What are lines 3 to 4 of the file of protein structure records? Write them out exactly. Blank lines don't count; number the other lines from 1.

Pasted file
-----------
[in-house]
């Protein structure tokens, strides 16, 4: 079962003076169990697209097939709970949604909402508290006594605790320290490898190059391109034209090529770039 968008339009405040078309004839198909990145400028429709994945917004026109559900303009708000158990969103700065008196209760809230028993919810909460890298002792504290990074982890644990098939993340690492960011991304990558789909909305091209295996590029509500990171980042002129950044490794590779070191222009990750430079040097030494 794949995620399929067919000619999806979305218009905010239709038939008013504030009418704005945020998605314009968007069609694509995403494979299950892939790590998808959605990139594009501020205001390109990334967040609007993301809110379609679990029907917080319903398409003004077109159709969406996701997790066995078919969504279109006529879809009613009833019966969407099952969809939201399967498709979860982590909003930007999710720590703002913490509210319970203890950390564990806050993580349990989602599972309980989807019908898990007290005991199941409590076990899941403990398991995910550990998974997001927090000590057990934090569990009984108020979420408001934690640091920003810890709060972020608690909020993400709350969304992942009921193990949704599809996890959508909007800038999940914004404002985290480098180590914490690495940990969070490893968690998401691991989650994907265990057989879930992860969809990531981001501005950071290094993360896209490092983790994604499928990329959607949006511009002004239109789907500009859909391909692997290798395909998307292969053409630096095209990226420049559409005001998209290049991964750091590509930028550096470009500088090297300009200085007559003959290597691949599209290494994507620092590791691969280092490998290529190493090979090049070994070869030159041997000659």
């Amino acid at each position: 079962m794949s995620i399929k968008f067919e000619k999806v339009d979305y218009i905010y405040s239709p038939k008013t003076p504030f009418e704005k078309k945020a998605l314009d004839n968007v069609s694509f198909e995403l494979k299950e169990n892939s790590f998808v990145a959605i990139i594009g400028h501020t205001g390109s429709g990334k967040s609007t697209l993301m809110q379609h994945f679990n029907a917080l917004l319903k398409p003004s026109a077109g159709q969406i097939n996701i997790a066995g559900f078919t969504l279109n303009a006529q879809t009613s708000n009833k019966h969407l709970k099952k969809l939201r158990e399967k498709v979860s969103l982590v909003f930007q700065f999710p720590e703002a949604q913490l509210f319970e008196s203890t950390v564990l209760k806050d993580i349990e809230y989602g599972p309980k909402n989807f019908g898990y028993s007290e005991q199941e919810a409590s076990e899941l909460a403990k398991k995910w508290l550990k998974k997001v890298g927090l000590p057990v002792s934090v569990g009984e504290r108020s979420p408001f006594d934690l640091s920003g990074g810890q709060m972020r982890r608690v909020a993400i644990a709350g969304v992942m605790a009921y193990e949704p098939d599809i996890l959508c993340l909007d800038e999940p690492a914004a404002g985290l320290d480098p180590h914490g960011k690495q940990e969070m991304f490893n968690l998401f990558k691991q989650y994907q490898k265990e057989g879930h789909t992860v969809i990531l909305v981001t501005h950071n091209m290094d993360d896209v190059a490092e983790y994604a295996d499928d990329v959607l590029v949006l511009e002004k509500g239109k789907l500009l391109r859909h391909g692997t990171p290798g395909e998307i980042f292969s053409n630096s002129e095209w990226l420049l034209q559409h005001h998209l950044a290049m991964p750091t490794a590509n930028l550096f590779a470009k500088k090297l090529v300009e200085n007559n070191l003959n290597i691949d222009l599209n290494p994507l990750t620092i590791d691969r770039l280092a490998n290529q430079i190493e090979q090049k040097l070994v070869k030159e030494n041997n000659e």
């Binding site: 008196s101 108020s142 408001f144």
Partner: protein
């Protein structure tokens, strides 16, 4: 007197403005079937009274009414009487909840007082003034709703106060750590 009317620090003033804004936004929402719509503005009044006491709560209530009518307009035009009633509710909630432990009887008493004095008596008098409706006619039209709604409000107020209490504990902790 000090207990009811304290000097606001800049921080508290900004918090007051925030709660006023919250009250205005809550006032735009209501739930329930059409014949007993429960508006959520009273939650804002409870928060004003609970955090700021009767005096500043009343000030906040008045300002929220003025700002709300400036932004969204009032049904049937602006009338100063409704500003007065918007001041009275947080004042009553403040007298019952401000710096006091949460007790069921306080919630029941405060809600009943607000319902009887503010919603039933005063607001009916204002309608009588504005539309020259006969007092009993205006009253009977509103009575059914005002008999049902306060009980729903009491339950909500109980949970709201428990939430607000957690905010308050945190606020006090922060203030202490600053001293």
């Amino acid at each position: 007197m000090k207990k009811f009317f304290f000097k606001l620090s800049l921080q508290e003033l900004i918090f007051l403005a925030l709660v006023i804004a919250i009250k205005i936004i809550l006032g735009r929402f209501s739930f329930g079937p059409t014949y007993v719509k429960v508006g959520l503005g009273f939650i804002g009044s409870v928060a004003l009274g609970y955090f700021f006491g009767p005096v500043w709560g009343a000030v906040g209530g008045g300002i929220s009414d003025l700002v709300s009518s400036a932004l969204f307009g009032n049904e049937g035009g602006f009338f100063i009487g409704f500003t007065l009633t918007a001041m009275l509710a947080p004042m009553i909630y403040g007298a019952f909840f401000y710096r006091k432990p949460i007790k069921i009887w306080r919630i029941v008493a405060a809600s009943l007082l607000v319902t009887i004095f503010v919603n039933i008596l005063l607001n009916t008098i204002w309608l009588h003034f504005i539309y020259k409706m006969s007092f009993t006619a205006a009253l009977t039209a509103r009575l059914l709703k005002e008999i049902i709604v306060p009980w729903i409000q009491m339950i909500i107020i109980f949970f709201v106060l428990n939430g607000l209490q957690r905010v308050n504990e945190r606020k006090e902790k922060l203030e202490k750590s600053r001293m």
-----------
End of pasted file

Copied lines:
């Amino acid at each position: 079962m794949s995620i399929k968008f067919e000619k999806v339009d979305y218009i905010y405040s239709p038939k008013t003076p504030f009418e704005k078309k945020a998605l314009d004839n968007v069609s694509f198909e995403l494979k299950e169990n892939s790590f998808v990145a959605i990139i594009g400028h501020t205001g390109s429709g990334k967040s609007t697209l993301m809110q379609h994945f679990n029907a917080l917004l319903k398409p003004s026109a077109g159709q969406i097939n996701i997790a066995g559900f078919t969504l279109n303009a006529q879809t009613s708000n009833k019966h969407l709970k099952k969809l939201r158990e399967k498709v979860s969103l982590v909003f930007q700065f999710p720590e703002a949604q913490l509210f319970e008196s203890t950390v564990l209760k806050d993580i349990e809230y989602g599972p309980k909402n989807f019908g898990y028993s007290e005991q199941e919810a409590s076990e899941l909460a403990k398991k995910w508290l550990k998974k997001v890298g927090l000590p057990v002792s934090v569990g009984e504290r108020s979420p408001f006594d934690l640091s920003g990074g810890q709060m972020r982890r608690v909020a993400i644990a709350g969304v992942m605790a009921y193990e949704p098939d599809i996890l959508c993340l909007d800038e999940p690492a914004a404002g985290l320290d480098p180590h914490g960011k690495q940990e969070m991304f490893n968690l998401f990558k691991q989650y994907q490898k265990e057989g879930h789909t992860v969809i990531l909305v981001t501005h950071n091209m290094d993360d896209v190059a490092e983790y994604a295996d499928d990329v959607l590029v949006l511009e002004k509500g239109k789907l500009l391109r859909h391909g692997t990171p290798g395909e998307i980042f292969s053409n630096s002129e095209w990226l420049l034209q559409h005001h998209l950044a290049m991964p750091t490794a590509n930028l550096f590779a470009k500088k090297l090529v300009e200085n007559n070191l003959n290597i691949d222009l599209n290494p994507l990750t620092i590791d691969r770039l280092a490998n290529q430079i190493e090979q090049k040097l070994v070869k030159e030494n041997n000659e």
């Binding site: 008196s101 108020s142 408001f144």